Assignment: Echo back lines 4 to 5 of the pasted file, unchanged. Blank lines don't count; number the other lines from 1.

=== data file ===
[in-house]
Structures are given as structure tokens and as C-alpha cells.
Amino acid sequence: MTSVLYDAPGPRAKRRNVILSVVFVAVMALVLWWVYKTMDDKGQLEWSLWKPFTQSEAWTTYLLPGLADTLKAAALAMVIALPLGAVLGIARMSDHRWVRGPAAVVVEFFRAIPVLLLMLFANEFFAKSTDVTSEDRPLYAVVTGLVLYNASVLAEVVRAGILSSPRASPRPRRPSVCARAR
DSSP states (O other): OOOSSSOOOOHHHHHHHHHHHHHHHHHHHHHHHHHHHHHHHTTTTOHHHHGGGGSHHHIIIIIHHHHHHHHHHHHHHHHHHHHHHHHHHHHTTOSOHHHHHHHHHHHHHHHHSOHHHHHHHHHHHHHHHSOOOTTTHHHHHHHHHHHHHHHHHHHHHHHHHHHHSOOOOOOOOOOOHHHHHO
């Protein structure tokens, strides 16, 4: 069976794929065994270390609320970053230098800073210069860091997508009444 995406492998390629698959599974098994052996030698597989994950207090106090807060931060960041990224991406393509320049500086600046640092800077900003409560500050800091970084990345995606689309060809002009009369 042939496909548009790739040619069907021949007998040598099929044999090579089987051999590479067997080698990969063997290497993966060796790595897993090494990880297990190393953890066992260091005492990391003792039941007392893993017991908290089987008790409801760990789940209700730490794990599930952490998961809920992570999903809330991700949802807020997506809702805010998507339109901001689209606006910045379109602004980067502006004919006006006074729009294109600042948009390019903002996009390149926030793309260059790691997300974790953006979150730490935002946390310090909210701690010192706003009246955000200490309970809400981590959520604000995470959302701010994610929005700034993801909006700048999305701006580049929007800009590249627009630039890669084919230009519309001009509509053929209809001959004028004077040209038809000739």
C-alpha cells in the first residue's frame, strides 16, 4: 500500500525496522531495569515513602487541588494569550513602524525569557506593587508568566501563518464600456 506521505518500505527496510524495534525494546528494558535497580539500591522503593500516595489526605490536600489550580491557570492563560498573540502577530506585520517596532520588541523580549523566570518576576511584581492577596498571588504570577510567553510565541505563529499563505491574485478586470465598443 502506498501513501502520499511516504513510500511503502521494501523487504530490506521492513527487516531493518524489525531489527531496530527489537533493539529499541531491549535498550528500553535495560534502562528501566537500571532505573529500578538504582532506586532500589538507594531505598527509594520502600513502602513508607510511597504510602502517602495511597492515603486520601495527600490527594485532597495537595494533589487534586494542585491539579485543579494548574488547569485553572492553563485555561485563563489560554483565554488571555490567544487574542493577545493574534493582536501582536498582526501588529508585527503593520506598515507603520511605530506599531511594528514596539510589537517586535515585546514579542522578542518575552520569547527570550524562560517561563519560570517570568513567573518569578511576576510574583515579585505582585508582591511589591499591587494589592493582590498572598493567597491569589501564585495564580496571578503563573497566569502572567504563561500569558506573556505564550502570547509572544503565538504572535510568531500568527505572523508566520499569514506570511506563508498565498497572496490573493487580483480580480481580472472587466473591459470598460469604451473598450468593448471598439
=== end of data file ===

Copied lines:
DSSP states (O other): OOOSSSOOOOHHHHHHHHHHHHHHHHHHHHHHHHHHHHHHHTTTTOHHHHGGGGSHHHIIIIIHHHHHHHHHHHHHHHHHHHHHHHHHHHHTTOSOHHHHHHHHHHHHHHHHSOHHHHHHHHHHHHHHHSOOOTTTHHHHHHHHHHHHHHHHHHHHHHHHHHHHSOOOOOOOOOOOHHHHHO
């Protein structure tokens, strides 16, 4: 069976794929065994270390609320970053230098800073210069860091997508009444 995406492998390629698959599974098994052996030698597989994950207090106090807060931060960041990224991406393509320049500086600046640092800077900003409560500050800091970084990345995606689309060809002009009369 042939496909548009790739040619069907021949007998040598099929044999090579089987051999590479067997080698990969063997290497993966060796790595897993090494990880297990190393953890066992260091005492990391003792039941007392893993017991908290089987008790409801760990789940209700730490794990599930952490998961809920992570999903809330991700949802807020997506809702805010998507339109901001689209606006910045379109602004980067502006004919006006006074729009294109600042948009390019903002996009390149926030793309260059790691997300974790953006979150730490935002946390310090909210701690010192706003009246955000200490309970809400981590959520604000995470959302701010994610929005700034993801909006700048999305701006580049929007800009590249627009630039890669084919230009519309001009509509053929209809001959004028004077040209038809000739």